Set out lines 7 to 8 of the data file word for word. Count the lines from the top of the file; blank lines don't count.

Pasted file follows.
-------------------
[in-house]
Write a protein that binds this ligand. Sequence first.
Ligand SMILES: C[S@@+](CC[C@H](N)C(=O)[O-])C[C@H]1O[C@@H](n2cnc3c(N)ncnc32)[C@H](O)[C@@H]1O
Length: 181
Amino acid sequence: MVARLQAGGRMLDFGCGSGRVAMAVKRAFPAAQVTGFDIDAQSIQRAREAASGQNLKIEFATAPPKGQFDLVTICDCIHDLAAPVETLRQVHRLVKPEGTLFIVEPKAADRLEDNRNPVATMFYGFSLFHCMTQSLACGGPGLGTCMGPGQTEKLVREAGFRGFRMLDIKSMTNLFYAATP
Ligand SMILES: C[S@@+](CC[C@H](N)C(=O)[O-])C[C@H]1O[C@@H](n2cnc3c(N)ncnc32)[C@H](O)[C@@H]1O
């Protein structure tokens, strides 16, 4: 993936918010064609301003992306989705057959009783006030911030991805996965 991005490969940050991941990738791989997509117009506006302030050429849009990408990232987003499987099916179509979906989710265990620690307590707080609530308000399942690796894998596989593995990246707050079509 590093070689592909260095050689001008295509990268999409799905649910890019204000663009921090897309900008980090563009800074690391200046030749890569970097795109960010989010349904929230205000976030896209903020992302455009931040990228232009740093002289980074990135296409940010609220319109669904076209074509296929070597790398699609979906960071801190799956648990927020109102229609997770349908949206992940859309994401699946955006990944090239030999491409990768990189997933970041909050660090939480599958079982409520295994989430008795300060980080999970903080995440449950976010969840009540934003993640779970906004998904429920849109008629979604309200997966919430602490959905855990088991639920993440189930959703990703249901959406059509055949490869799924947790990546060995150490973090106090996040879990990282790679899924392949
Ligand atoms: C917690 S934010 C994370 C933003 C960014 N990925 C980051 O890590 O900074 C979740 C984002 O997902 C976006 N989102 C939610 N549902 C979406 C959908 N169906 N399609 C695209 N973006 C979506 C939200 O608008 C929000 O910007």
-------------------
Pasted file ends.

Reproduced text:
């Protein structure tokens, strides 16, 4: 993936918010064609301003992306989705057959009783006030911030991805996965 991005490969940050991941990738791989997509117009506006302030050429849009990408990232987003499987099916179509979906989710265990620690307590707080609530308000399942690796894998596989593995990246707050079509 590093070689592909260095050689001008295509990268999409799905649910890019204000663009921090897309900008980090563009800074690391200046030749890569970097795109960010989010349904929230205000976030896209903020992302455009931040990228232009740093002289980074990135296409940010609220319109669904076209074509296929070597790398699609979906960071801190799956648990927020109102229609997770349908949206992940859309994401699946955006990944090239030999491409990768990189997933970041909050660090939480599958079982409520295994989430008795300060980080999970903080995440449950976010969840009540934003993640779970906004998904429920849109008629979604309200997966919430602490959905855990088991639920993440189930959703990703249901959406059509055949490869799924947790990546060995150490973090106090996040879990990282790679899924392949
Ligand atoms: C917690 S934010 C994370 C933003 C960014 N990925 C980051 O890590 O900074 C979740 C984002 O997902 C976006 N989102 C939610 N549902 C979406 C959908 N169906 N399609 C695209 N973006 C979506 C939200 O608008 C929000 O910007």